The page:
Satellite photographs analyzed by Israel’s intelligence firm ISI appear to indicate that Tehran is once again constructing a new advanced missiles factory in Syria, based on patterns similar to missile sites in Iran.
By Itai Blumenthal
Satellite images taken by Israeli intelligence firm ISI on Tuesday seem to confirm suspicions that a missile factory is being constructed in the Syrian town of Safita, east of Tartus on the Mediterranean coast.
The images show a secured site surrounded by a fence, vehicles, three hangars and a newly built water tower. “The building components and patterns of activity in and around the compound strengthen the probability that this is a missile manufacturing plant,” ISI’s intelligence report said. It is however not possible to determine with certainty whether this is an Iranian site.
According to the report, buses and private vehicles were identified in recent months at the entrance to the suspect site, east of the port city of Tartus.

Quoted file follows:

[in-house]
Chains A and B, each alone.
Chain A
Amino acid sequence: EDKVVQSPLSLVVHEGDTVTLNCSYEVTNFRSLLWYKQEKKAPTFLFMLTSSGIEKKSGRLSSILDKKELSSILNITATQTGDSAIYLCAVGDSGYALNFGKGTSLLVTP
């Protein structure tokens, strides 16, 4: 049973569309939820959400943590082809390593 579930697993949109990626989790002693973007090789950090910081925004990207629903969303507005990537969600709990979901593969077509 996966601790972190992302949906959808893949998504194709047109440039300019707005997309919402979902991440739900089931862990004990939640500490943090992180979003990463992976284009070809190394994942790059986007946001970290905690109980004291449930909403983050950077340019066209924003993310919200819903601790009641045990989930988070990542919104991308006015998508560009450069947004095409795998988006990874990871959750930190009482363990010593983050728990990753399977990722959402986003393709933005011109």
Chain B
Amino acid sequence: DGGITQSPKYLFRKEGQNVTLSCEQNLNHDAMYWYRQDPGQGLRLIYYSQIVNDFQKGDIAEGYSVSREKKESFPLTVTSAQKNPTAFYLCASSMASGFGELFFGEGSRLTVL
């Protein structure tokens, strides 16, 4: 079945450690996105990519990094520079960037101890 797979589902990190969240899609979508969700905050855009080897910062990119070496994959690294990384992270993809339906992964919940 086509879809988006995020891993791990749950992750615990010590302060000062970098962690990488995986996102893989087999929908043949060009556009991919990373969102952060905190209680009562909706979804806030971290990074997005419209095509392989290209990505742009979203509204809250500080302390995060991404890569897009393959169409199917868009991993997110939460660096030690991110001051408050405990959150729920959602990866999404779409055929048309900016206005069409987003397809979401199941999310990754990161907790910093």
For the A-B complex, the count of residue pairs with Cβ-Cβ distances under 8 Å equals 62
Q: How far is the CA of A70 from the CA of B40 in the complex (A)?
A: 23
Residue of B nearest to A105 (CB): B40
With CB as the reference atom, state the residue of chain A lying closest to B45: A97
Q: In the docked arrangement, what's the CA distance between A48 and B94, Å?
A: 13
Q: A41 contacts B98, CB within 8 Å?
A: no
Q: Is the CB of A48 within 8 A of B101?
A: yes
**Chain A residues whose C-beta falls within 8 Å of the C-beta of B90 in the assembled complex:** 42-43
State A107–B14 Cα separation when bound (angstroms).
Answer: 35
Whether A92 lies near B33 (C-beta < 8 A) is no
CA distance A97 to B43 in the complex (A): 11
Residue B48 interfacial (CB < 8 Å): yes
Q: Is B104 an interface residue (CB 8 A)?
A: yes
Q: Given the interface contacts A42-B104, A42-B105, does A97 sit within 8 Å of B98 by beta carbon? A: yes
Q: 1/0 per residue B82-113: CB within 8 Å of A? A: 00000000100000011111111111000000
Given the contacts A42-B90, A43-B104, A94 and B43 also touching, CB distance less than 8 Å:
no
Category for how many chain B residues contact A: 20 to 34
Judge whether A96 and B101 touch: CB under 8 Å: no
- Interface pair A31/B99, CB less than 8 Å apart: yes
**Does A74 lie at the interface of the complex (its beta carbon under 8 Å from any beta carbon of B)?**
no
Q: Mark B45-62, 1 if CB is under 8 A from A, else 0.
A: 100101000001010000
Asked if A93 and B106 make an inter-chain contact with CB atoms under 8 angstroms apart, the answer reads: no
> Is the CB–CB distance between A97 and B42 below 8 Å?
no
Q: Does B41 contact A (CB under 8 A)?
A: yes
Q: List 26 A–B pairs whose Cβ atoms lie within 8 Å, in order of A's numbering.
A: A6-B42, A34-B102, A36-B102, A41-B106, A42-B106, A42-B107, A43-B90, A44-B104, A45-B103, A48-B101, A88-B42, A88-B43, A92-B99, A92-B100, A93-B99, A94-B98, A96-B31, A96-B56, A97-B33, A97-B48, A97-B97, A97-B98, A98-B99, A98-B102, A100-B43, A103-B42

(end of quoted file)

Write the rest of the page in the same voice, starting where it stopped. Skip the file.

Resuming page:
The workers at the site come and go in patters consistent with military installations. The water tower, clearly discernible in the images, indicates that it was built only recently.
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These findings prove that the compound is already active and is in development stages. However, it appears that the site does not produce missile engines and warheads, since no protected structures were identified in the compound. The same building patterns seen at the site, according to the report, are also seen in other sites with an identical purpose, such as the missile manufacturing plant in the city of Khojir in Iran.
The compound contains three main hangars, which resemble large industrial structures. It is possible that two of them are used for production lines and the third is intended for the assembly of the missiles.
In a dirt area about 500 meters from the site, ISI intelligence personnel identified marks on the ground, apparently created by heavy vehicles. “In our assessment, the tire prints are not related to the activity of quarries operating in the area,” it says.
Fox News reported in October that western intelligence agencies believe that Iran transferred to Hezbollah technology to improve the precision of missiles, a matter which Israel views gravely.
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